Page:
George Hofmann’s wonderful post about his life, his art and Romanticism is featured in an article on the Huffington Post – Painter’s Table: Top 10 Best Posts, April 2011! Congratulations George and Many thanks to Brett Baker and Painter’s Table!
..but the pharmacist’s wife, she was nice,
she was tired of bombs under the pillow and hissing the Pope,
and she had a very nice figure, very good legs,
but I guess she felt as I: that the weakness was not Government
but Man, one at a time, that men were never as strong as
and that ideas were governments turned into men;
and so it began on a couch with a spilled martini
and it ended in the bedroom: desire, revolution,
nonsense ended, and the shades rattled in the wind,
rattled like sabers, cracked like cannon,
and 30 dogs, 20 men on 20 horses chased one fox
across the fields under the sun,
and I got out of bed and yawned and scratched my belly
and knew that soon very soon I would have to get
very drunk again.
i wanted to overthrow the government but all i brought down was somebody’s wife Charles Bukowski
Most Postmodern artists like to take the view that the Romantics were a bunch of unbathed ne’er do wells out to rape and pillage innocents while self promoting the prowess of their genitalia. One has but to look at the press following the collapse of the (Media Romantic) 80s art stars to see this kind of anti-Romanticism at work. Even now, smug and content in our post-structural bubble, we still enjoy taking the occasional pot shot at Schnabel, the epitome of the POMO ROMO. When I was young Jules was a hero, and I still have a soft spot for his larger than life existence and hit-or-miss work – Palazzo Chupi or no. OK, I’ll concede that our widely held beliefs about Romantics bring up pictures of Jim Morrison, Prince or Joseph Beuys (go ahead insert your own wild eyed Modern Romantic.) But surely there has to be something redeeming about the idea of life that those personalities embody, something that we pedestrian Postmoderns might connect with?
Our fear (condecension?) for the Romantic brings to mind a scene in Mel Brooks’ movie Young Frankenstein, an OTT parody based on the very Romantic Mary Shelley’s classic tale of genius, morality and responsibility. At one point a local family hears that the Monster is running amok in the countryside once again. The resigned and frightened couple start to batten down the hatches. The husband, as he’s nailing a board across the window, says in a thick Germanic accent to his wife – “Ven monsters ist loose, boards must be tight!” And I think that line pretty much describes the art world at the moment. The whole fuckin’ place has been boarded up against rampaging Romantic Monsters in order to protect delicate POMO sensibilities from any threat of aesthetic carnage.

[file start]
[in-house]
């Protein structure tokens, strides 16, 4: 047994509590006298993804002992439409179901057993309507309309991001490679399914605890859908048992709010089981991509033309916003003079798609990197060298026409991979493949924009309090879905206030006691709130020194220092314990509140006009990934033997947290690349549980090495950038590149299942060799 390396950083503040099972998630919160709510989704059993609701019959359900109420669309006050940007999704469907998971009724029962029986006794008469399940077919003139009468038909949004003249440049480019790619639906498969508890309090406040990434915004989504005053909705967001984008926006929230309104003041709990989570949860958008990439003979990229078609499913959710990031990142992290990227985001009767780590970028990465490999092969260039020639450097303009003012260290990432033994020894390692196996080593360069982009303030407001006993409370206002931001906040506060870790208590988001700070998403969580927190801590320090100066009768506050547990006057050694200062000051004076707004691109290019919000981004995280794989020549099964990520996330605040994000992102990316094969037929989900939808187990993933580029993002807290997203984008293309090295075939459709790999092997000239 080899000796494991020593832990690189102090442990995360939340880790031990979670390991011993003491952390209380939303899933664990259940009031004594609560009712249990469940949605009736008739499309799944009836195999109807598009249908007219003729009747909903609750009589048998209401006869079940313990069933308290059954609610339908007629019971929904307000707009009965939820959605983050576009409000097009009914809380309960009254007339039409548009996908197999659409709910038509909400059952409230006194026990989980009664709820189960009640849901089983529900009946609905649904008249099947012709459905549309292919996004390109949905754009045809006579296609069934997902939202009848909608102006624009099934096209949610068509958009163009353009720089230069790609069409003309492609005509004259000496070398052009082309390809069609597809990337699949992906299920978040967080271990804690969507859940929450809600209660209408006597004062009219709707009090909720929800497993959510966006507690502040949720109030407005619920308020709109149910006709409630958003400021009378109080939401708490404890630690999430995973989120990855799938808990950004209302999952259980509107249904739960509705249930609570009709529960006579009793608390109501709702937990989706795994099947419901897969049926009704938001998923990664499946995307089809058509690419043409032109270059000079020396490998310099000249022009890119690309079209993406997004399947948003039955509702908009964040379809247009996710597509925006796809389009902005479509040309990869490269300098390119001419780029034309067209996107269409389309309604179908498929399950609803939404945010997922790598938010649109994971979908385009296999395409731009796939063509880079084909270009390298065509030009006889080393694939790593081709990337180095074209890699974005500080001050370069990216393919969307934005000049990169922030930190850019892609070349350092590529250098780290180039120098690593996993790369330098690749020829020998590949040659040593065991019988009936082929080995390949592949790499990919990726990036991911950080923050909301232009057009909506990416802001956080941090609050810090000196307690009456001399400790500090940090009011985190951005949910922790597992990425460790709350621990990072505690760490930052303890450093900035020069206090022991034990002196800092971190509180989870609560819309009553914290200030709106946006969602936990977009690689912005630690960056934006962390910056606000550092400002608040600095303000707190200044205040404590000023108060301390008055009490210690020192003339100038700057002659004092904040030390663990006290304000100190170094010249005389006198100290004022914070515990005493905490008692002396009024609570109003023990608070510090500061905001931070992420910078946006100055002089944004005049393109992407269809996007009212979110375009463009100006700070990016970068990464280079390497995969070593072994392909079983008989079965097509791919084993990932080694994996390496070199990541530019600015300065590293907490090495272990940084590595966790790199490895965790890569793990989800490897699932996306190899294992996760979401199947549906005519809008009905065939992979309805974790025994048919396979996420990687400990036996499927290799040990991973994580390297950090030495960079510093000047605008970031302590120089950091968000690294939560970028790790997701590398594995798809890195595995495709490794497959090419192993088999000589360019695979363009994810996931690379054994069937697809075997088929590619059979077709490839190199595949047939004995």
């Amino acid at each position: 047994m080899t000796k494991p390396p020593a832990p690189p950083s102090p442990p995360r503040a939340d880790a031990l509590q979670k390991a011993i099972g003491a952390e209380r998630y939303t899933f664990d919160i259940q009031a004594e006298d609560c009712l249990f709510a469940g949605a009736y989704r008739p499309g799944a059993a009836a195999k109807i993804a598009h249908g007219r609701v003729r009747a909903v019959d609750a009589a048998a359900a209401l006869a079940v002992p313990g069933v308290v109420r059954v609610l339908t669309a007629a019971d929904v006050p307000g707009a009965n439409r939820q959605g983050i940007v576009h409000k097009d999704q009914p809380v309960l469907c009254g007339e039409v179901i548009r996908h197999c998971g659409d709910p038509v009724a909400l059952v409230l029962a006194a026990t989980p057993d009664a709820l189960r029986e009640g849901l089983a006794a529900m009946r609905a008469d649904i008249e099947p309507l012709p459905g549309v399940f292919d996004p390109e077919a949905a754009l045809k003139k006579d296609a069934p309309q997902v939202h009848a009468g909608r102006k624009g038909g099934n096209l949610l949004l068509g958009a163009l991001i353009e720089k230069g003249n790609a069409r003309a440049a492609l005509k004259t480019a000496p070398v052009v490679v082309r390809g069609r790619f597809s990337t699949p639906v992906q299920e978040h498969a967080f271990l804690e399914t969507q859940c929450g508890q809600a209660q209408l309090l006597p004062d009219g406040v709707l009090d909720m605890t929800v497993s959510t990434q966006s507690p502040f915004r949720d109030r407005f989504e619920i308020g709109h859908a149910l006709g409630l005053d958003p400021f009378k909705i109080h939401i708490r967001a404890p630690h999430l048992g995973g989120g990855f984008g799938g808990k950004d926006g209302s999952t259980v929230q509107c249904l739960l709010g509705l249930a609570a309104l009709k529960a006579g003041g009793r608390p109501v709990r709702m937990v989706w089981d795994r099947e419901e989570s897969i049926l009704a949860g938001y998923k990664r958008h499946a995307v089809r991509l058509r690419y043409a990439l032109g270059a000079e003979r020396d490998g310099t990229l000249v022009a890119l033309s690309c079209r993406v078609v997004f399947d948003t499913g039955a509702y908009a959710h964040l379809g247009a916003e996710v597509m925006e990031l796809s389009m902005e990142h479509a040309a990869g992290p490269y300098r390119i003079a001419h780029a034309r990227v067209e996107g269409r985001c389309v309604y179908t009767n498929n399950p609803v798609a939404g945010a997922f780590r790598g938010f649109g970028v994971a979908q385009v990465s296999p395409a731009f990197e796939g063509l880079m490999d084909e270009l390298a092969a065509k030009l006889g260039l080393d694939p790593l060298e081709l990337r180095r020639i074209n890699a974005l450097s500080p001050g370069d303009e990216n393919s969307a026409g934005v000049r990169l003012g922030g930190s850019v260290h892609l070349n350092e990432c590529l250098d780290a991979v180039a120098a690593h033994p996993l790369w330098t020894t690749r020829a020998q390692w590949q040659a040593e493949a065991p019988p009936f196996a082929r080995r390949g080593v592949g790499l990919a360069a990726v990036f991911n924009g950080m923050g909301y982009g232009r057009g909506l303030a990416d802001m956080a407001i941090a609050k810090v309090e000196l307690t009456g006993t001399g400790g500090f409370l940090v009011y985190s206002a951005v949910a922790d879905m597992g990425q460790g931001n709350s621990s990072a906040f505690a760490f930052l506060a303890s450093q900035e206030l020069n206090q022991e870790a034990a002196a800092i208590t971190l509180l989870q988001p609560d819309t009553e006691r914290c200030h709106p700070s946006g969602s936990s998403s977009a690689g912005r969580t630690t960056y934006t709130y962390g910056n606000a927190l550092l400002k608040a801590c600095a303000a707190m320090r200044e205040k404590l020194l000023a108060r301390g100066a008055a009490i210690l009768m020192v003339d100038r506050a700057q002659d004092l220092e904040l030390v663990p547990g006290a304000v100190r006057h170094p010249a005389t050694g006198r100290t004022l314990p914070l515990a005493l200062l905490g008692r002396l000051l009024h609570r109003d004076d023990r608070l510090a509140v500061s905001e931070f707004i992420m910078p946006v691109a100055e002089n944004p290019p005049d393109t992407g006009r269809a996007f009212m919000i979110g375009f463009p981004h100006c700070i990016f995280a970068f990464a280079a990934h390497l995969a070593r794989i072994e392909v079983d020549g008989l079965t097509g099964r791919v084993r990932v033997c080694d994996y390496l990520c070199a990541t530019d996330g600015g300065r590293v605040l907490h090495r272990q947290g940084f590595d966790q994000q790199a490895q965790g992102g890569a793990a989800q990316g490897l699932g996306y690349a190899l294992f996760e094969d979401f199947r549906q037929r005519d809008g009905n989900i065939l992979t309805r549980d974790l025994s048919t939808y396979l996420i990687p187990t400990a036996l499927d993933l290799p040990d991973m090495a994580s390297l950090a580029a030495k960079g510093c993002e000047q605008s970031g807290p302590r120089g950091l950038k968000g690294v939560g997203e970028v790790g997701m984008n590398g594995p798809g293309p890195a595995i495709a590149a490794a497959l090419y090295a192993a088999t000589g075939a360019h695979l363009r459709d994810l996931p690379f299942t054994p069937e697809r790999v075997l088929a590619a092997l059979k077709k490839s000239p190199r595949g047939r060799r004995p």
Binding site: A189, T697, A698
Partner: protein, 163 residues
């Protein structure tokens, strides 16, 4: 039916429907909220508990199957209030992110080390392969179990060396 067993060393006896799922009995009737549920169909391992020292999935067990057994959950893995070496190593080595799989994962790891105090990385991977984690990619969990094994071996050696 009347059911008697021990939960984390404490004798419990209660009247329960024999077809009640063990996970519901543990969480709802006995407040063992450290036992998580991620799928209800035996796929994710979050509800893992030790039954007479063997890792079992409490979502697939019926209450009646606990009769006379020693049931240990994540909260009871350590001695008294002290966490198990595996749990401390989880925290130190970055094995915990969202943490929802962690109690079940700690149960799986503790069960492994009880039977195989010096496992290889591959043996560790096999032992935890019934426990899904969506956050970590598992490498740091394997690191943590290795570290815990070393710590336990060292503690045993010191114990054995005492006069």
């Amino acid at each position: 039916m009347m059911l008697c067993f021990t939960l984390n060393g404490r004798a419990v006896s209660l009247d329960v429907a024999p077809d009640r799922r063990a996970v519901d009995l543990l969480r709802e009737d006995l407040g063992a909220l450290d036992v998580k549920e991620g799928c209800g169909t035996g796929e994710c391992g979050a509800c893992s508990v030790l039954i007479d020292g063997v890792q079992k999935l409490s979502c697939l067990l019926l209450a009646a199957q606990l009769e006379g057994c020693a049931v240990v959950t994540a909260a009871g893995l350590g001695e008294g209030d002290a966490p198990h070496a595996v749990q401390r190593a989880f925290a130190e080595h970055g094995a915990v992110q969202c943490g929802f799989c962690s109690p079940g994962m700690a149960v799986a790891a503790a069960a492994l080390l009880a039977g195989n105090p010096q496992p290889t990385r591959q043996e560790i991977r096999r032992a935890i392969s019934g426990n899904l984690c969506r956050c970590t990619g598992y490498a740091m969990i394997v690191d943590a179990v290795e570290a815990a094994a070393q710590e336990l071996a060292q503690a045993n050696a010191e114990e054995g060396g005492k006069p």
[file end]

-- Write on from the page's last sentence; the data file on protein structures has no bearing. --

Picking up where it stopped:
Fear, Stasis and Profit
There are many times these days when an artist’s life seems a bit skewed and out of whack, and this usually happens because money has somehow warped our daily realities. I understand that Art is just a job complete with its emails, phone calls, paperwork and contracts, but really, what could be more fucking stagnating when communing with the Muses? I also understand that few artists actually get to do these sort of “business-y” things while actually making a living from doing them. I mean, I know quite a number of artists that do these same things and haven’t made a frickin’ sou. Many of my friends who are still striving for success in the gallery business world try to fall in line with the moment. They keep their predilections to themselves, network proficiently, go to openings, glad hand with business cards and never, ever, EVER say anything untoward or critical of anyone who has a gallery connection. I understand this urge to hide one’s Monster. One must go along to get along – it’s called Politics. There are always mouths to feed. But after a while this kind of “professional” behavior takes it toll on any artist, makes that Monster growl a bit.
Most of us became artists because something didn’t fit. If we were good at “going along to get along” why the fuck would we have become artists in the first place? Seriously, did any of us truly believe that we could make a living at this very, very, very specialized “profession”. I was told in no uncertain terms by everyone that I came in contact with that I had the “professional” skills to make minimum wage. The stories of alienation and deprivation, the longing for acceptance that I still hear (after all this time) from my friends lead me to believe that many artists have learned the hard lessons about getting along and going along at the end of one mean-ass stick. Look, as we live through this strange and scary economic period, it sometimes feels as if the Monster isn’t outside, but looking back at us in the Mirror. You may ask – So what does all this have to do with the Romantic impulse Marko? Well I think it probably has more to do with that rainbow colored Monster in the Mirror – whether it’s green with envy, blue with melancholy, yellow with jealousy or red with rage – that Monster is getting harder to contain.